I have a basic theoretical question related to the RNN introductory videos. When the backprogragation is explained for a typical many-to-many RNN, the entire sequence is used for a single forward path and backprop update (when the loss is the sum of the individual loss values on the `y_hat<i>`

outputs).

My question is why cannot we do a forward/backward update step-by-step (i.e. doing a forward/backward update for the first timestep, then using the updated weights to train the next timestep). Note, that the history/hidden state (`a<i>`

) is still carried over (I am not talking about a one-to-one trivial MLP). It seems this would “*mitigate*” the vanishing gradient problem (although, the problem of retaining old information in the hidden state is still valid, but this is somewhat different from the original vanishing gradients problem).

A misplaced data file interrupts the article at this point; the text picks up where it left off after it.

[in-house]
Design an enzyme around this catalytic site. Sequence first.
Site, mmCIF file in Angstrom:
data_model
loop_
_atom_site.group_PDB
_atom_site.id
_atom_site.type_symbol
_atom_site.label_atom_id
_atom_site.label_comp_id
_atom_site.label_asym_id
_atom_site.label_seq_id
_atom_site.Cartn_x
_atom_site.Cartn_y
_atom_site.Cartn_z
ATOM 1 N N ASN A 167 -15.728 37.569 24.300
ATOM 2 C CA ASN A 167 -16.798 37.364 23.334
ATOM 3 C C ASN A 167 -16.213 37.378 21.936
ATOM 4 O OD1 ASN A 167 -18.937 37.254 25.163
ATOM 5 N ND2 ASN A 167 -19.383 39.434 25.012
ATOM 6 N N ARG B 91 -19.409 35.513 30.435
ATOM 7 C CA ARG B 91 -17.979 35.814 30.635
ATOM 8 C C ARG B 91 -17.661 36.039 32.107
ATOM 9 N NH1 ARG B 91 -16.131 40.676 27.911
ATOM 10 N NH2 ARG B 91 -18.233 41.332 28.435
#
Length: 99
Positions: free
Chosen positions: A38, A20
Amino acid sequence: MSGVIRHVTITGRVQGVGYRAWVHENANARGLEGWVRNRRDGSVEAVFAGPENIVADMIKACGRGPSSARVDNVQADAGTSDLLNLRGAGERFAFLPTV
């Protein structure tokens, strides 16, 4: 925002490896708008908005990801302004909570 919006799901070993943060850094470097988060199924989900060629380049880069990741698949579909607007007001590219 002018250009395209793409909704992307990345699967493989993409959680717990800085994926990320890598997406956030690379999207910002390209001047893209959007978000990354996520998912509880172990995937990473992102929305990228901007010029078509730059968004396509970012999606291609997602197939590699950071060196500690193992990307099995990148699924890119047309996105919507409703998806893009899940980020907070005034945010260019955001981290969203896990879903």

Or, asking the same question from a slightly different angle: if the sequences are extremely long, you definitely want to break-up the forward/backprop updates to batch segments (while carrying over the hidden state across the batches). What is the trade-off of selecting the length of the segment (or even just picking 1 step at a time). Is it just for computational efficiency or the whole learning process is compromised?